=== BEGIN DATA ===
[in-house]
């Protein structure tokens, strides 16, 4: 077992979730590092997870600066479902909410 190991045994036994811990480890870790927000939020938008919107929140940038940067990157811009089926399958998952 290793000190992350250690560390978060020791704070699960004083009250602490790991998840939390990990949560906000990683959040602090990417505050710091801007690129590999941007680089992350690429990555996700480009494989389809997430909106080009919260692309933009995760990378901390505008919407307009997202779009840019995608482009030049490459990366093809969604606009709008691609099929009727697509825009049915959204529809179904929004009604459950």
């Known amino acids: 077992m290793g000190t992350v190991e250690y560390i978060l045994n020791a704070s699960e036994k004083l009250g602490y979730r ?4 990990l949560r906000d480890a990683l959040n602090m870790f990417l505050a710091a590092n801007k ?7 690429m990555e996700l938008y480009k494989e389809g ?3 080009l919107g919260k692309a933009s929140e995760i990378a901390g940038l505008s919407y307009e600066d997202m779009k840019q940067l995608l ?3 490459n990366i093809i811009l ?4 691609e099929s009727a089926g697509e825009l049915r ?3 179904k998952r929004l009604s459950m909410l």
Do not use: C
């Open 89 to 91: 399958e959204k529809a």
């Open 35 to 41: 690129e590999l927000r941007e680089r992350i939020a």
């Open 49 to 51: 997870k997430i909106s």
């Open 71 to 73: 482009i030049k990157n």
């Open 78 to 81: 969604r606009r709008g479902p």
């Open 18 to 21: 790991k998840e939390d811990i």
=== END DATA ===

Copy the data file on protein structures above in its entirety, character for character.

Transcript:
[in-house]
């Protein structure tokens, strides 16, 4: 077992979730590092997870600066479902909410 190991045994036994811990480890870790927000939020938008919107929140940038940067990157811009089926399958998952 290793000190992350250690560390978060020791704070699960004083009250602490790991998840939390990990949560906000990683959040602090990417505050710091801007690129590999941007680089992350690429990555996700480009494989389809997430909106080009919260692309933009995760990378901390505008919407307009997202779009840019995608482009030049490459990366093809969604606009709008691609099929009727697509825009049915959204529809179904929004009604459950």
């Known amino acids: 077992m290793g000190t992350v190991e250690y560390i978060l045994n020791a704070s699960e036994k004083l009250g602490y979730r ?4 990990l949560r906000d480890a990683l959040n602090m870790f990417l505050a710091a590092n801007k ?7 690429m990555e996700l938008y480009k494989e389809g ?3 080009l919107g919260k692309a933009s929140e995760i990378a901390g940038l505008s919407y307009e600066d997202m779009k840019q940067l995608l ?3 490459n990366i093809i811009l ?4 691609e099929s009727a089926g697509e825009l049915r ?3 179904k998952r929004l009604s459950m909410l």
Do not use: C
């Open 89 to 91: 399958e959204k529809a």
């Open 35 to 41: 690129e590999l927000r941007e680089r992350i939020a």
């Open 49 to 51: 997870k997430i909106s």
């Open 71 to 73: 482009i030049k990157n």
């Open 78 to 81: 969604r606009r709008g479902p």
């Open 18 to 21: 790991k998840e939390d811990i």